I am permanently searching for miscellaneous items in our house … the vast majority not being for me.
I place my car keys on the cow-design key holder when I come in to the house. I put my shoes in my cupboard or next to my bed. My clothes go into the wash box, and my smaller items go on the side table next to my bed, right next to my book and my cell phone.
I know where my things are, as I do not have time to find them later as I am too busy finding stuff for other members of my family.
My kids come to me when they can’t find their clothes, shoes, bags, toys, books and so on – as if I have a built-in radar to locate these things.
They tend to get upset as kids do – so often misplaced things are treated like critical emergencies. I have to stop what I am doing and go and assist them to find it – which actually means they sit on the bed and start telling me arb and seldom interesting stories while I am on my hands and knees looking in cupboards and under beds.
Kennith has also taken to asking me where things are – which I find really annoying. Kennith’s ability to put things away in their correct place is often left wanting. He will usually go: “I can’t find my xyz – have you seen it?”
I will always reply – with a slight condescending tone in my voice: “where did you leave it?” implying that where he left it is the reason that he is now including me in this rather jolly version of hide-and-go-seek.
Kennith’s answer will inevitably be – on the floor, next to the bed, in the lounge, on the dining room table or some other random spot. Somehow his inability to put anything back in its correct spot and the fact that he spends ages looking for it, and then asking me to be part of the search has not really correlated in his mind. So he continues to place items randomly about the house and then gets himself worked up when these items cannot be located. It often appears to be the “maid’s fault…”
Our maid takes her job rather seriously in terms of tidying up and packing away – which again seems to come as a shock to those who leave their precious possession lying around.
Connor and Georgia are both at school. Fetching them in the afternoons has really become more a game of remembering what they were wearing, what they were carrying and then retrieving all these items before we get into the car.
If I am distracted, we will drive off and I will realise we are missing shoes, juice bottles, lunch boxes, school bags, jackets and various other items of a personal nature.
None of this affects them directly. It only seems to affect me as I will need to go and find them the next day. If they are really gone, then I will need to purchase another one. It seems you cannot send your child to school without lunch, shoes and a jacket and be expected to be viewed as a good parent – even if you send a note to school explaining that you are teaching a valuable life lesson.
Last week Connor lost his book bag. It is a large blue zipper bag – and contains all his work that he is doing at school, including homework book, any notices of events, flip files that contain current work – in short it is really an important bag that he needs in class every day.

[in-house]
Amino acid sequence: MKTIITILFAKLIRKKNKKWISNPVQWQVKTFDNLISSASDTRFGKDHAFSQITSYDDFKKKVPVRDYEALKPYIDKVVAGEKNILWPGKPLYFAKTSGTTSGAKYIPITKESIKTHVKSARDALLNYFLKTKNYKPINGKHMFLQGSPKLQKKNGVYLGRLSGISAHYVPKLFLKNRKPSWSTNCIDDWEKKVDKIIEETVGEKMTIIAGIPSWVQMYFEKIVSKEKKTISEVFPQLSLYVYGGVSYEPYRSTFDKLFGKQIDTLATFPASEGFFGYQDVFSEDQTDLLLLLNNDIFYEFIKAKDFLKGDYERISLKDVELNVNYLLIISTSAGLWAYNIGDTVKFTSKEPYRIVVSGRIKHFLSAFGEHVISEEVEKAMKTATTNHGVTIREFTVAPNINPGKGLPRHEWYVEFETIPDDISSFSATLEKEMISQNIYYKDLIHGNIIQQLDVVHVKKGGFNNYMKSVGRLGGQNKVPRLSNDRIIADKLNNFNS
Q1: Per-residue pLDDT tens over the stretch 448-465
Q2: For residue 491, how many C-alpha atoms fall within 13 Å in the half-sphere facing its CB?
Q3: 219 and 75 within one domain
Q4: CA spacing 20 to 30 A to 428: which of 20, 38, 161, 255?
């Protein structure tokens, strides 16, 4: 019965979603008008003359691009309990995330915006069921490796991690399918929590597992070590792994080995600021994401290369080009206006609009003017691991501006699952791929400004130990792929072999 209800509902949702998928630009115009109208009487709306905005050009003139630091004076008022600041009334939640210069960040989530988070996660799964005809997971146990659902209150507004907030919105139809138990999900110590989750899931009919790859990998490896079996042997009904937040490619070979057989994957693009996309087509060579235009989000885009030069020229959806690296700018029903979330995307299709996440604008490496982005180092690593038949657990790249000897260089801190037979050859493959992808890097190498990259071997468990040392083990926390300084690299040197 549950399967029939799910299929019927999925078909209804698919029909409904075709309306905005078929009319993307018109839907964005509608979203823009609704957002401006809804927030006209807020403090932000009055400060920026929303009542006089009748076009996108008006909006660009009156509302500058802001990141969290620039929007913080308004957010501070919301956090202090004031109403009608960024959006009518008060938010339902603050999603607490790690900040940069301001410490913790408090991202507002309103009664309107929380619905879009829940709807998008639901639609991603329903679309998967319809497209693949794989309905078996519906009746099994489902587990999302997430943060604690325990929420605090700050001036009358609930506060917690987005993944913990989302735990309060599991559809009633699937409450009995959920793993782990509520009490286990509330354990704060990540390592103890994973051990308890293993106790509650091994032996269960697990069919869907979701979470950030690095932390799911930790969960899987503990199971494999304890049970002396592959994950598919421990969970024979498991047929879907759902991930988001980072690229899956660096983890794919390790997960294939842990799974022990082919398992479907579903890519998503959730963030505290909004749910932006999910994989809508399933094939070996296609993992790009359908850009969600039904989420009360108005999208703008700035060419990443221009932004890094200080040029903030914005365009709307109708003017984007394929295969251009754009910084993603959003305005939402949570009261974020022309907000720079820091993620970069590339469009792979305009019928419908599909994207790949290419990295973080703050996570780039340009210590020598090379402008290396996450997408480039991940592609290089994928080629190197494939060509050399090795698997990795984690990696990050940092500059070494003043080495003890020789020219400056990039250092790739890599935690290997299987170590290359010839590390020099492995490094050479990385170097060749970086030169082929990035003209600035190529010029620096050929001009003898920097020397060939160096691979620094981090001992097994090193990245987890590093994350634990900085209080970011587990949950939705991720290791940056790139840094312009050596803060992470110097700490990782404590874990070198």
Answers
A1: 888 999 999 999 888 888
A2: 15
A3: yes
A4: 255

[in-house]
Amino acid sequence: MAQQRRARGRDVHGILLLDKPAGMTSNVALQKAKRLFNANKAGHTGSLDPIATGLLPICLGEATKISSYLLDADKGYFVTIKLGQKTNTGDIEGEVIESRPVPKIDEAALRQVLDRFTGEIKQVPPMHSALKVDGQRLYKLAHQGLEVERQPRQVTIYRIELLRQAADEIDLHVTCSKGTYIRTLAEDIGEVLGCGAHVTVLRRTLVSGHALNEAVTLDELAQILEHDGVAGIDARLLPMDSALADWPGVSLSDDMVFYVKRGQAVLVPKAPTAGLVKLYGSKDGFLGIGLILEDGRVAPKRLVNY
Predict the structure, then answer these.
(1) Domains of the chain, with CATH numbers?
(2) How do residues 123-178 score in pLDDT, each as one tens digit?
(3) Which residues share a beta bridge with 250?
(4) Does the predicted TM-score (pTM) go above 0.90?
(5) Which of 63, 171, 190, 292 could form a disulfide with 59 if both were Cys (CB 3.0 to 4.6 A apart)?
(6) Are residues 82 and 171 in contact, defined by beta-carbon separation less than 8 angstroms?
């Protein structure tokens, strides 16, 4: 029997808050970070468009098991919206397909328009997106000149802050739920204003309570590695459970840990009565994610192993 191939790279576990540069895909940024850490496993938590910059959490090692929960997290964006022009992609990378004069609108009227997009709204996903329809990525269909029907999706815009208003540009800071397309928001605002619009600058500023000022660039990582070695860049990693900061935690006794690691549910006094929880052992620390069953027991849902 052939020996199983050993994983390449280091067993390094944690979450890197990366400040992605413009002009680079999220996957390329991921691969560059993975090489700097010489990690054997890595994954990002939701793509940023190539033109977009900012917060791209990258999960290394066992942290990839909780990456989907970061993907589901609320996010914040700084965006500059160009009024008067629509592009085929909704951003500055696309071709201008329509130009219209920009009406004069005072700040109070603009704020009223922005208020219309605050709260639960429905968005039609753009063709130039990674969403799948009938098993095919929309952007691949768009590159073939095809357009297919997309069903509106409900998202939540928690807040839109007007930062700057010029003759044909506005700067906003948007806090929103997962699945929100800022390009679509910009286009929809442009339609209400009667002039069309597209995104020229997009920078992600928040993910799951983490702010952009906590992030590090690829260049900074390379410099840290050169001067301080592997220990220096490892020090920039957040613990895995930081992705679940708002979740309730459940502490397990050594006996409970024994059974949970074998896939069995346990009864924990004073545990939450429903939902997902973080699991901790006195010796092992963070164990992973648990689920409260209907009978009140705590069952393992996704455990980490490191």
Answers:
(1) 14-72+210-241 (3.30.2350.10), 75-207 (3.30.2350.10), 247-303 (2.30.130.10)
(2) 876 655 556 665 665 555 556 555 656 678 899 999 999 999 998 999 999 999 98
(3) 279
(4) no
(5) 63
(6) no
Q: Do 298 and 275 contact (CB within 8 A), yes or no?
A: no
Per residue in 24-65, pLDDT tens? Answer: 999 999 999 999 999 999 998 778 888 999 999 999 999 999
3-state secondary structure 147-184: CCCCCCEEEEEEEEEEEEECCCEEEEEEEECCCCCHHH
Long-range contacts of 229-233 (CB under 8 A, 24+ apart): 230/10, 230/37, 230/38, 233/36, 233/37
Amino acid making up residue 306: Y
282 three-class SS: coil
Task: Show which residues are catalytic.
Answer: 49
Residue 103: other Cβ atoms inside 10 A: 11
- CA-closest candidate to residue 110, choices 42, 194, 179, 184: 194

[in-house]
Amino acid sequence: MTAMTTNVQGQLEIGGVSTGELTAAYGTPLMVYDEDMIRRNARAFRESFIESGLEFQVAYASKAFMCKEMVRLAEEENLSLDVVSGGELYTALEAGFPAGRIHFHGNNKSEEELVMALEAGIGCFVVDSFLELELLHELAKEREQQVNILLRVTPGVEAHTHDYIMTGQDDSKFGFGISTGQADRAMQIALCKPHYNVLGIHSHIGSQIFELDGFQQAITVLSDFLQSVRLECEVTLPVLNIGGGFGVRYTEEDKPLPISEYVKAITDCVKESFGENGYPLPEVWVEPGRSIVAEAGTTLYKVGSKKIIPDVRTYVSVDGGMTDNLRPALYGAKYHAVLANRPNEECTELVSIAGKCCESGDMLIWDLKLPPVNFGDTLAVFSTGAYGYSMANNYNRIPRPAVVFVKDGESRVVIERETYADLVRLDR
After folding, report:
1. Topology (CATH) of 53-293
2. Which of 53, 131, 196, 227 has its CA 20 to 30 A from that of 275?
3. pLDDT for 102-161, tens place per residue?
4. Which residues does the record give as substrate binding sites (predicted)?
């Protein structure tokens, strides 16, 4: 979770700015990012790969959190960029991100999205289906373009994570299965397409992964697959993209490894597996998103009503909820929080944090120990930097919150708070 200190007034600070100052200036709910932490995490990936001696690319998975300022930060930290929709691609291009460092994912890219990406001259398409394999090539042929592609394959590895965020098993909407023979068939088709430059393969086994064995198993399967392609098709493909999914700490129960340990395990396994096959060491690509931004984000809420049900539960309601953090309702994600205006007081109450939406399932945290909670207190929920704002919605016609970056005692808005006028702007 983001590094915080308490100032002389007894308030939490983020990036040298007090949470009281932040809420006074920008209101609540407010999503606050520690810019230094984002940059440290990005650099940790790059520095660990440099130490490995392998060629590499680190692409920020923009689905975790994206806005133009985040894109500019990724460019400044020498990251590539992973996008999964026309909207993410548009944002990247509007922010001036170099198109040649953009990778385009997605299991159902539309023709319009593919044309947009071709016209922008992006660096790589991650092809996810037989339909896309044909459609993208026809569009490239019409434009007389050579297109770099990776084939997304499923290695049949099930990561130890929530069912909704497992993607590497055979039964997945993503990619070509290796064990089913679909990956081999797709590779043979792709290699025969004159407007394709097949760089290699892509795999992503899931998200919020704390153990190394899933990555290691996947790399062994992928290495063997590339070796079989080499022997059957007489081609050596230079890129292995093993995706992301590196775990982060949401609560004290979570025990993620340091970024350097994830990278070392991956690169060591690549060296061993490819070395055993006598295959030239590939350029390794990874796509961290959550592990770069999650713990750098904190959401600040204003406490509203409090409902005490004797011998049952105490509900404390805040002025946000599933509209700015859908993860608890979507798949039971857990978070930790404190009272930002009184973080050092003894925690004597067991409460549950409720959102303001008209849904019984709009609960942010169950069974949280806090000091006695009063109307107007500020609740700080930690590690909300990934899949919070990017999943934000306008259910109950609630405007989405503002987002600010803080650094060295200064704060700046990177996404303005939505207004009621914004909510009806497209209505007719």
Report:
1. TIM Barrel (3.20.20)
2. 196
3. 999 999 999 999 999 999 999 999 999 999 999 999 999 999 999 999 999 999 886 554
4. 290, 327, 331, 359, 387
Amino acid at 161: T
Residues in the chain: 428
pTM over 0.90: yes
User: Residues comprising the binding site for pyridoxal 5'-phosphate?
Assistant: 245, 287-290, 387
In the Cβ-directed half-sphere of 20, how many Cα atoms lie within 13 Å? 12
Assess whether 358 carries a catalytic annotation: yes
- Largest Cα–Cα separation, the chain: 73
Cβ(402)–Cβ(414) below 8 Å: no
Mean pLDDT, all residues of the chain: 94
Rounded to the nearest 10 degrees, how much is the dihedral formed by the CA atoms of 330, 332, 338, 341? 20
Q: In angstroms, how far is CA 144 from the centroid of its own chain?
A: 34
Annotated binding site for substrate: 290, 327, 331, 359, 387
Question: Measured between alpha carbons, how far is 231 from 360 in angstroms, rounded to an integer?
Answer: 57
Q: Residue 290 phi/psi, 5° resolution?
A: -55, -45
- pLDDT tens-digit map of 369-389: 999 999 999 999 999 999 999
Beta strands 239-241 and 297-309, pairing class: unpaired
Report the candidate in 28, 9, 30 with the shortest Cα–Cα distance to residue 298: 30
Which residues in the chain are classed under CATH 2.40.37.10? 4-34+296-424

So he loses it on Thursday.
Friday he says he has looked everywhere for it. Now I am not sure how he has looked everywhere when he cannot give me a list with one location that he has looked.
We go off to lost property on Friday afternoon and it is not there. We cannot go to his class as it is locked, so I am convinced it is at home. I spend a fair bit of Saturday morning and a bit on Sunday looking for this bag, sure that he has brought it home and he has misplaced it there, as he has so clearly explained he has looked EVERYWHERE at the school.
There I am crawling under beds, looking inside things, checking the boot of the car and so on. Connor, has no idea where this thing in – I think the only reason that he is looking mildly upset is because I have explained how serious it is if this bag is lost for good. I have used my angry-mommy voice, which is very much like my angry-bridezilla voice at the moment.
Monday I leave work early, as now I am going to school to collect him and play project-find-the-flipp’n-book-bag.
I arrive at school, and happiness is – he has found his book bag. Yay!
My natural question is “where was it?” He sort of mumbles a bit. I lean forward to extract an answer. It seems it was in after care. The same place he said he looked – exhaustively – on Friday. After care is only so big.
From this I gauge - and from his manner of talking which is a tad sheepish – that Master Connor actually spent no time at all on Friday looking for his book bag. He used his time wisely playing with his mates on the field. Which I concur is a good way to spend your time if you are eight years old. But not if you are losing things, and making your flipping mom spend ages looking for something that is not lost, was never lost and now mom is leaving work early to come and look for it.
So clearly even though Connor found his book bag I am slightly less than excited.
Why you might say, in that judgemental tone you reserve for moms who are a tad too hard on their kids.
Well simply because at the time, I was reversing back into the school so Connor could go back to after care to find his lunch bag which he had now lost!
And this my friends, is why mothers MUST drink!